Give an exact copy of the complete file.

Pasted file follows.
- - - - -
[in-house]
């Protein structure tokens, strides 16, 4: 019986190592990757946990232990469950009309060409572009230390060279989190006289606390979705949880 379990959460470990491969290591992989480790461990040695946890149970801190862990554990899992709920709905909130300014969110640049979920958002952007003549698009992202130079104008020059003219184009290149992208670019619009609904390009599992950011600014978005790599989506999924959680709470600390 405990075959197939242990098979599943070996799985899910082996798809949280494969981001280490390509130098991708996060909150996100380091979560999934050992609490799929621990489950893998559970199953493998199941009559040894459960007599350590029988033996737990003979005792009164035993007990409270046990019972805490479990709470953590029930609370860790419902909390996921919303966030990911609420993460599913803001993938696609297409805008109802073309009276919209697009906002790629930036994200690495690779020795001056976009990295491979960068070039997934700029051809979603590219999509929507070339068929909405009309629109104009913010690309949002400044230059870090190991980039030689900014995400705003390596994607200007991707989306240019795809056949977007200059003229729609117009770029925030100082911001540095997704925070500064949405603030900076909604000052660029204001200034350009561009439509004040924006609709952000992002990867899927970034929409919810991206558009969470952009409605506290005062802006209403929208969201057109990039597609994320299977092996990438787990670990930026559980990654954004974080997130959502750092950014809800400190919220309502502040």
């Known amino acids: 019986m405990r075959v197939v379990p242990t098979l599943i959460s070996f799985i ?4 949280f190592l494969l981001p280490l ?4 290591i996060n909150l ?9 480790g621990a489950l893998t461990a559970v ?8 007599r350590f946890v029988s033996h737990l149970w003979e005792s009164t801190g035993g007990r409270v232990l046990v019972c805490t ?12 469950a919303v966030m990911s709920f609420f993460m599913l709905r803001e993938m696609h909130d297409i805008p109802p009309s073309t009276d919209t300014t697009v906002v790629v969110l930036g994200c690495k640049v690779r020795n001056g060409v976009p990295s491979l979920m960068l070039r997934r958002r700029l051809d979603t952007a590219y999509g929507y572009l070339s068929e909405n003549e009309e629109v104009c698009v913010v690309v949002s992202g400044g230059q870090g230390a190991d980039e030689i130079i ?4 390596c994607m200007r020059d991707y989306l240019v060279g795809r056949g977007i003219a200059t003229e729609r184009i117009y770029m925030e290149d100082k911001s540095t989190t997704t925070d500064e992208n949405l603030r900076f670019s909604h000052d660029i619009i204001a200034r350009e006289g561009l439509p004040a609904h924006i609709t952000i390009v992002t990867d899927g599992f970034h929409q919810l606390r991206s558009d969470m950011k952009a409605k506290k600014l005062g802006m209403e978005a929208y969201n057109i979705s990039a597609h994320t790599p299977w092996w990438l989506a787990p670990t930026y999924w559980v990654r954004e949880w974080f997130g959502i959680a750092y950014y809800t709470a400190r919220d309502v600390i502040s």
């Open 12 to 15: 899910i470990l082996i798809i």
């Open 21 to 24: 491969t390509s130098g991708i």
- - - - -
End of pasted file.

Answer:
[in-house]
């Protein structure tokens, strides 16, 4: 019986190592990757946990232990469950009309060409572009230390060279989190006289606390979705949880 379990959460470990491969290591992989480790461990040695946890149970801190862990554990899992709920709905909130300014969110640049979920958002952007003549698009992202130079104008020059003219184009290149992208670019619009609904390009599992950011600014978005790599989506999924959680709470600390 405990075959197939242990098979599943070996799985899910082996798809949280494969981001280490390509130098991708996060909150996100380091979560999934050992609490799929621990489950893998559970199953493998199941009559040894459960007599350590029988033996737990003979005792009164035993007990409270046990019972805490479990709470953590029930609370860790419902909390996921919303966030990911609420993460599913803001993938696609297409805008109802073309009276919209697009906002790629930036994200690495690779020795001056976009990295491979960068070039997934700029051809979603590219999509929507070339068929909405009309629109104009913010690309949002400044230059870090190991980039030689900014995400705003390596994607200007991707989306240019795809056949977007200059003229729609117009770029925030100082911001540095997704925070500064949405603030900076909604000052660029204001200034350009561009439509004040924006609709952000992002990867899927970034929409919810991206558009969470952009409605506290005062802006209403929208969201057109990039597609994320299977092996990438787990670990930026559980990654954004974080997130959502750092950014809800400190919220309502502040």
């Known amino acids: 019986m405990r075959v197939v379990p242990t098979l599943i959460s070996f799985i ?4 949280f190592l494969l981001p280490l ?4 290591i996060n909150l ?9 480790g621990a489950l893998t461990a559970v ?8 007599r350590f946890v029988s033996h737990l149970w003979e005792s009164t801190g035993g007990r409270v232990l046990v019972c805490t ?12 469950a919303v966030m990911s709920f609420f993460m599913l709905r803001e993938m696609h909130d297409i805008p109802p009309s073309t009276d919209t300014t697009v906002v790629v969110l930036g994200c690495k640049v690779r020795n001056g060409v976009p990295s491979l979920m960068l070039r997934r958002r700029l051809d979603t952007a590219y999509g929507y572009l070339s068929e909405n003549e009309e629109v104009c698009v913010v690309v949002s992202g400044g230059q870090g230390a190991d980039e030689i130079i ?4 390596c994607m200007r020059d991707y989306l240019v060279g795809r056949g977007i003219a200059t003229e729609r184009i117009y770029m925030e290149d100082k911001s540095t989190t997704t925070d500064e992208n949405l603030r900076f670019s909604h000052d660029i619009i204001a200034r350009e006289g561009l439509p004040a609904h924006i609709t952000i390009v992002t990867d899927g599992f970034h929409q919810l606390r991206s558009d969470m950011k952009a409605k506290k600014l005062g802006m209403e978005a929208y969201n057109i979705s990039a597609h994320t790599p299977w092996w990438l989506a787990p670990t930026y999924w559980v990654r954004e949880w974080f997130g959502i959680a750092y950014y809800t709470a400190r919220d309502v600390i502040s």
């Open 12 to 15: 899910i470990l082996i798809i």
């Open 21 to 24: 491969t390509s130098g991708i």